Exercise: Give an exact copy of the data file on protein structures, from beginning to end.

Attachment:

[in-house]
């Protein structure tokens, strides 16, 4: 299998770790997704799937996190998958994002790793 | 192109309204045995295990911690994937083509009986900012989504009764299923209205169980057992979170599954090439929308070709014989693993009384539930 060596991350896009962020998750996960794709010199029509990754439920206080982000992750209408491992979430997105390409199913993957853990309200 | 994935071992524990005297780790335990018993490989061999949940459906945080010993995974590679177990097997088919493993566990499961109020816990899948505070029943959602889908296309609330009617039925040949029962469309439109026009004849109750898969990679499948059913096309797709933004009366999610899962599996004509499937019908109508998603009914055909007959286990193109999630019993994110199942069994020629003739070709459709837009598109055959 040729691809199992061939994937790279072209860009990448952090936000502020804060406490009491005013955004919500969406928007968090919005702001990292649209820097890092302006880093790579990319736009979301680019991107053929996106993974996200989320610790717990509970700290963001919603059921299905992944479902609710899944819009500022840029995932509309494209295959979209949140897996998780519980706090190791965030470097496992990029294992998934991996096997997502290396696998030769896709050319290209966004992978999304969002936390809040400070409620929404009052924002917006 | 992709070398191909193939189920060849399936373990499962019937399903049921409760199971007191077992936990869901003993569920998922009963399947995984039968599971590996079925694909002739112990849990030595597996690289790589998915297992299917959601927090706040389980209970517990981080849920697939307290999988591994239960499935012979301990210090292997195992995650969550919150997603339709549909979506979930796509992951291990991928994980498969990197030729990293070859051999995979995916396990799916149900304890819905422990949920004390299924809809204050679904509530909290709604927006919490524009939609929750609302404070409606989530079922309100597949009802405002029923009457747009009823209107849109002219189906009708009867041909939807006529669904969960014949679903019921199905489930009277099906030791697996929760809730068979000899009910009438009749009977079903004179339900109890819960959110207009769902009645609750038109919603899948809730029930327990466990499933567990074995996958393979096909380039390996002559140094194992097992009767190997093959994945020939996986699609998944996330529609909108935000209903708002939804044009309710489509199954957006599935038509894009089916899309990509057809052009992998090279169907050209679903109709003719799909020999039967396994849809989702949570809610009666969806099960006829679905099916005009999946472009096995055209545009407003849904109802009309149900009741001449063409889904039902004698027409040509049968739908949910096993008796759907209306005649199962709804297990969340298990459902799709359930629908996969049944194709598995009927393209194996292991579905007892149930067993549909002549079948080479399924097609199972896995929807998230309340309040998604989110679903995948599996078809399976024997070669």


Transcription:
[in-house]
């Protein structure tokens, strides 16, 4: 299998770790997704799937996190998958994002790793 | 192109309204045995295990911690994937083509009986900012989504009764299923209205169980057992979170599954090439929308070709014989693993009384539930 060596991350896009962020998750996960794709010199029509990754439920206080982000992750209408491992979430997105390409199913993957853990309200 | 994935071992524990005297780790335990018993490989061999949940459906945080010993995974590679177990097997088919493993566990499961109020816990899948505070029943959602889908296309609330009617039925040949029962469309439109026009004849109750898969990679499948059913096309797709933004009366999610899962599996004509499937019908109508998603009914055909007959286990193109999630019993994110199942069994020629003739070709459709837009598109055959 040729691809199992061939994937790279072209860009990448952090936000502020804060406490009491005013955004919500969406928007968090919005702001990292649209820097890092302006880093790579990319736009979301680019991107053929996106993974996200989320610790717990509970700290963001919603059921299905992944479902609710899944819009500022840029995932509309494209295959979209949140897996998780519980706090190791965030470097496992990029294992998934991996096997997502290396696998030769896709050319290209966004992978999304969002936390809040400070409620929404009052924002917006 | 992709070398191909193939189920060849399936373990499962019937399903049921409760199971007191077992936990869901003993569920998922009963399947995984039968599971590996079925694909002739112990849990030595597996690289790589998915297992299917959601927090706040389980209970517990981080849920697939307290999988591994239960499935012979301990210090292997195992995650969550919150997603339709549909979506979930796509992951291990991928994980498969990197030729990293070859051999995979995916396990799916149900304890819905422990949920004390299924809809204050679904509530909290709604927006919490524009939609929750609302404070409606989530079922309100597949009802405002029923009457747009009823209107849109002219189906009708009867041909939807006529669904969960014949679903019921199905489930009277099906030791697996929760809730068979000899009910009438009749009977079903004179339900109890819960959110207009769902009645609750038109919603899948809730029930327990466990499933567990074995996958393979096909380039390996002559140094194992097992009767190997093959994945020939996986699609998944996330529609909108935000209903708002939804044009309710489509199954957006599935038509894009089916899309990509057809052009992998090279169907050209679903109709003719799909020999039967396994849809989702949570809610009666969806099960006829679905099916005009999946472009096995055209545009407003849904109802009309149900009741001449063409889904039902004698027409040509049968739908949910096993008796759907209306005649199962709804297990969340298990459902799709359930629908996969049944194709598995009927393209194996292991579905007892149930067993549909002549079948080479399924097609199972896995929807998230309340309040998604989110679903995948599996078809399976024997070669």